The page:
Wot – is he trying to say the Herald isn’t the publishing arm of the National Party? I find that difficult to believe…

  7. Benodic 7

    John Boscawen’s just released on this in support of the journalists.

  8. higherstandard 8

    Two comments

    – It is not surprising, to me at least, that the Herald chapel (EPMU) is giving this legs

    – Do you realise that many people of the centre when they first visit this sight will see your cartoons and consign the site to the extreme left and leave rather than reading the posts.

    Out of bed suggest you go back for a nap

  9. insider 9

    I don’t think it is good the management interfered. It’s not usual, particularly in NZ where we don’t have aligned papers and interfering proprietors in the Maxwell, Black and Murdoch mould.

    However, they do own the paper and ultimately have the right to decide what does and doesn’t get printed, and will bear any financial penalty or reward. Do you want to deny them their ownership right?

  10. Benodic 10

    Just kidding. John Boscawen’s nowhere to be seen. He stands for freedom of capital not freedom of speech, just like our friend Insider.

  11. mike 11

    Good grief. You have to laugh, of course the “Herald journalists chapel” is going to try and smear National.
    Did the FOC blow a whistle and shout “everybody out trouble at mill…

  12. out of bed 12

    HS it was a tongue in cheek comment

  13. Phil 13

    “He stands for freedom of capital not freedom of speech”

    Any particular reason why you can’t stand for both? I sure do…

  14. Tane 14

    However, they do own the paper and ultimately have the right to decide what does and doesn’t get printed, and will bear any financial penalty or reward. Do you want to deny them their ownership right?

    In a democracy the news media does not exist to line the pockets of its corporate owners. Freedom of the press is about journalists having the right to challenge power, not about the right of the powerful to silence journalists.

  15. higherstandard 15

    Out of bed ….. so was mine

  16. Tane 16

    “He stands for freedom of capital not freedom of speech’
    Any particular reason why you can’t stand for both? I sure do

    Sometimes these two interests intersect, sometimes they don’t. That’s hardly controversial. From what I’ve seen of Boscawen he stands purely for the former but uses the latter for PR reasons.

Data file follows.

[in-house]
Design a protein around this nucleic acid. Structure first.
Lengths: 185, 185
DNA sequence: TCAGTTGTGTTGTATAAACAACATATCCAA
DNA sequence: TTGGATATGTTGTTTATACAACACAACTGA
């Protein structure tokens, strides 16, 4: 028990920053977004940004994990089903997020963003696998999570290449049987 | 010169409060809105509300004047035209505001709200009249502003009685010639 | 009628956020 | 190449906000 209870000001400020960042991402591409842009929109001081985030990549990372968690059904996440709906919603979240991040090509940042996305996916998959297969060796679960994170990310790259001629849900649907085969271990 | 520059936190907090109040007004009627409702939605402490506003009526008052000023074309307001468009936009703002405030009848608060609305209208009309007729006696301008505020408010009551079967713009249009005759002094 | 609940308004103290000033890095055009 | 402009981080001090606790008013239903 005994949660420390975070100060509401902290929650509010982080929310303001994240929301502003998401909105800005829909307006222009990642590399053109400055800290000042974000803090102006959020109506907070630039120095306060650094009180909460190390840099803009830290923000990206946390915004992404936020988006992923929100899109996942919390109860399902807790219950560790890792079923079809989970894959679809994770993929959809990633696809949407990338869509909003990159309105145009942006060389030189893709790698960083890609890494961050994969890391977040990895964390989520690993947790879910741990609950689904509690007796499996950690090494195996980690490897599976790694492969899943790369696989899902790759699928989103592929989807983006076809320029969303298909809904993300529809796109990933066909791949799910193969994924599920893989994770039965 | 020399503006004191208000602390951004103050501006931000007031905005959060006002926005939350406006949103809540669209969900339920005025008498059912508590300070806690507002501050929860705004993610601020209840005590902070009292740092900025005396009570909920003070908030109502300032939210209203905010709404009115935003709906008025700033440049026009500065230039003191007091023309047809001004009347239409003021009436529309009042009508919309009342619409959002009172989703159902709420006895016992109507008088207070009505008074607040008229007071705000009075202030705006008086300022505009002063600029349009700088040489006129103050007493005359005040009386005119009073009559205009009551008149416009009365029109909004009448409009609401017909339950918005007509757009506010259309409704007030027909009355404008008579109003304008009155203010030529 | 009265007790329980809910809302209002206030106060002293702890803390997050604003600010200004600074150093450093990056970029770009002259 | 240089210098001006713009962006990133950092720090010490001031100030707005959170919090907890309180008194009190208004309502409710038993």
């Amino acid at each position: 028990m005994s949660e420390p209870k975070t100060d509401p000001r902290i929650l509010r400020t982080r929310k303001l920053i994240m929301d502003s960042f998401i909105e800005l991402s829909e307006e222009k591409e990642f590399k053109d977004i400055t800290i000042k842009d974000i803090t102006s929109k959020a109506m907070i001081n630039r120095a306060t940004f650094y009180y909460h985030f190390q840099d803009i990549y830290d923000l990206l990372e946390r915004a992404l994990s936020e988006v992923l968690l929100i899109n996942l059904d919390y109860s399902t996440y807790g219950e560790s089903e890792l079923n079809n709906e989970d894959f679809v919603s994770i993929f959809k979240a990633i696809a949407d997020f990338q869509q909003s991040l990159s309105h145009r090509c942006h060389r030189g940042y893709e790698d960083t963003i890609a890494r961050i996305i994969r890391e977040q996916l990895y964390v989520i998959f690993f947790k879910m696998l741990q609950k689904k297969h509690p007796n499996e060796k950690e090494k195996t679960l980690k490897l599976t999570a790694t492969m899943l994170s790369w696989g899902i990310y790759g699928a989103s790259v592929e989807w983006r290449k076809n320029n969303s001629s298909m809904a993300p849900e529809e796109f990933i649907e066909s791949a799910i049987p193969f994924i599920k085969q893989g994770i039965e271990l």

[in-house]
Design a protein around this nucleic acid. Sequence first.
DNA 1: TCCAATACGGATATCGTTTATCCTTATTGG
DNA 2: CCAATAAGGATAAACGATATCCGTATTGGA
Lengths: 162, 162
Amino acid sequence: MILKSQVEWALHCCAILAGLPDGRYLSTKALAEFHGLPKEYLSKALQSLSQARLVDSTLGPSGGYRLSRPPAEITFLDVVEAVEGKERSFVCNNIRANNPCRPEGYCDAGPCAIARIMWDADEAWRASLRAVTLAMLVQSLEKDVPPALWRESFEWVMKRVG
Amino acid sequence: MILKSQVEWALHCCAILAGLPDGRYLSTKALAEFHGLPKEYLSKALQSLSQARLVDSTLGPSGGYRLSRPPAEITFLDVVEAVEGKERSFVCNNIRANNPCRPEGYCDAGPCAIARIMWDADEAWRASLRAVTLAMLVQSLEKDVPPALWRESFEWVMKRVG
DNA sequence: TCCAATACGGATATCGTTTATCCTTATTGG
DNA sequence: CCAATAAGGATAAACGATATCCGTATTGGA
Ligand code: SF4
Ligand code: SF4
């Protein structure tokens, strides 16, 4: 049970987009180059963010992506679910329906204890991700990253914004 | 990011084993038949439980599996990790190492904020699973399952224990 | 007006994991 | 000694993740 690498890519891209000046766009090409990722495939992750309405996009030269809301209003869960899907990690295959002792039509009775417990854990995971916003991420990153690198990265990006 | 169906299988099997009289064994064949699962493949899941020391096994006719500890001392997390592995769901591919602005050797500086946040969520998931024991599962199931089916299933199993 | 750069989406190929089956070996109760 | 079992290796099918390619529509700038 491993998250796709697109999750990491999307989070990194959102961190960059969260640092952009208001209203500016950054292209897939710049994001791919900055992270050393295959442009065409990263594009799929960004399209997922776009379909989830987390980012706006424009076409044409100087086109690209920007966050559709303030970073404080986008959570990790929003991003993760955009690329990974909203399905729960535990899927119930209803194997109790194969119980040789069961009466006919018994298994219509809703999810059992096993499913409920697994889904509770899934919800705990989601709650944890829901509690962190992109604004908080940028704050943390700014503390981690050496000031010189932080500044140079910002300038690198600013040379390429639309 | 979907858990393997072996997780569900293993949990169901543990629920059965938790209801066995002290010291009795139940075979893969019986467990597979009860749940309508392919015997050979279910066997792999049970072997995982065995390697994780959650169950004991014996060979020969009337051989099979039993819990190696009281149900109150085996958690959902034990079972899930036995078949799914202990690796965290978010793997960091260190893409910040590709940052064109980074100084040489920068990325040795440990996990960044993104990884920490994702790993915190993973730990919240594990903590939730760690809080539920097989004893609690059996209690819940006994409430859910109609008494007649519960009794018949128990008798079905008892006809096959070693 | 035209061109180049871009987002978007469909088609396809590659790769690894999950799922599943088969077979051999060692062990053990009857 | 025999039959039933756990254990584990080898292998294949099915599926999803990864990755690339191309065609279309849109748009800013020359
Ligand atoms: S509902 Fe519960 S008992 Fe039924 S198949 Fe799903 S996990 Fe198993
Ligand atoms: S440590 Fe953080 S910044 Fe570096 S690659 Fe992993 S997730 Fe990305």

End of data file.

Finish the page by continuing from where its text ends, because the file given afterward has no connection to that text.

17. insider 17

    “In a democracy the news media does not exist to line the pockets of its corporate owners.”

    So why would a company bother owning such business? Why do we have ads and reality programmes on TVNZ? WHy isn’t the media operated by a series of altruistic, unpaid collectives?

  18. Mike, HS – Journalists who are members of the EPMU are very aware of the potential for conflict of interest and very careful to avoid it. I should know, I used to be one of them when I was a journo – it’s a shame that partisan hacks like O’Sullivan don’t have similar integrity.

    On the matter of the letter, my mate at the herald told me they were very clear they wanted it to stay as an internal document so they would not be seen as politicising a media-freedom issue – I considered putting it on my blog but decided not to based on that discussion. I would guess that someone at the Listener would have passed it onto Russell Brown (the first person to publish it).

  19. Tane 19

    So why would a company bother owning such business? Why do we have ads and reality programmes on TVNZ? WHy isn’t the media operated by a series of altruistic, unpaid collectives?

    Um, because we live in a capitalist society? But in case you hadn’t noticed, we also live in a democracy, and in our democracy there are conventions that proprietors do not interfere in the editorial processes of their news outlets in order to protect the right of journalists to report the news freely. Again, this is hardly controversial.